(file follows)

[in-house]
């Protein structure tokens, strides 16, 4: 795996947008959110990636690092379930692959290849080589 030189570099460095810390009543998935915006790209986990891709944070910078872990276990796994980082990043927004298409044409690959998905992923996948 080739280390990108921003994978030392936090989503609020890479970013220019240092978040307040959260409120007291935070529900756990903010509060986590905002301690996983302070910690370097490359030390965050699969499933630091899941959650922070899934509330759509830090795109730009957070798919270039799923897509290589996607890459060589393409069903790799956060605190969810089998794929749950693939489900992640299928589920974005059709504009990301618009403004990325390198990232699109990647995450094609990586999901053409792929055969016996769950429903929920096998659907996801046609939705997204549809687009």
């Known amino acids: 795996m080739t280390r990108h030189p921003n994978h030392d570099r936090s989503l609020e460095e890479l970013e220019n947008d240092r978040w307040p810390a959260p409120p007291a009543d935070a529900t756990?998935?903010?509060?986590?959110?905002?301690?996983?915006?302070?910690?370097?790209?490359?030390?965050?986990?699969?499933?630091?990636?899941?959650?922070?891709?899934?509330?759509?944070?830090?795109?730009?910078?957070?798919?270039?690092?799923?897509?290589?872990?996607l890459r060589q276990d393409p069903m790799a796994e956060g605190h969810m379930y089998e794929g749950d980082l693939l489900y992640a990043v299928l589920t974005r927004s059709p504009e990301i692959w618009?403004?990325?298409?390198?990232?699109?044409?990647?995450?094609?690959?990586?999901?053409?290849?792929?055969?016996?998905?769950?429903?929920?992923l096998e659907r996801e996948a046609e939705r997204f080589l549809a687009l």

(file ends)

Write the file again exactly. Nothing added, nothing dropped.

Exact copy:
[in-house]
């Protein structure tokens, strides 16, 4: 795996947008959110990636690092379930692959290849080589 030189570099460095810390009543998935915006790209986990891709944070910078872990276990796994980082990043927004298409044409690959998905992923996948 080739280390990108921003994978030392936090989503609020890479970013220019240092978040307040959260409120007291935070529900756990903010509060986590905002301690996983302070910690370097490359030390965050699969499933630091899941959650922070899934509330759509830090795109730009957070798919270039799923897509290589996607890459060589393409069903790799956060605190969810089998794929749950693939489900992640299928589920974005059709504009990301618009403004990325390198990232699109990647995450094609990586999901053409792929055969016996769950429903929920096998659907996801046609939705997204549809687009």
């Known amino acids: 795996m080739t280390r990108h030189p921003n994978h030392d570099r936090s989503l609020e460095e890479l970013e220019n947008d240092r978040w307040p810390a959260p409120p007291a009543d935070a529900t756990?998935?903010?509060?986590?959110?905002?301690?996983?915006?302070?910690?370097?790209?490359?030390?965050?986990?699969?499933?630091?990636?899941?959650?922070?891709?899934?509330?759509?944070?830090?795109?730009?910078?957070?798919?270039?690092?799923?897509?290589?872990?996607l890459r060589q276990d393409p069903m790799a796994e956060g605190h969810m379930y089998e794929g749950d980082l693939l489900y992640a990043v299928l589920t974005r927004s059709p504009e990301i692959w618009?403004?990325?298409?390198?990232?699109?044409?990647?995450?094609?690959?990586?999901?053409?290849?792929?055969?016996?998905?769950?429903?929920?992923l096998e659907r996801e996948a046609e939705r997204f080589l549809a687009l």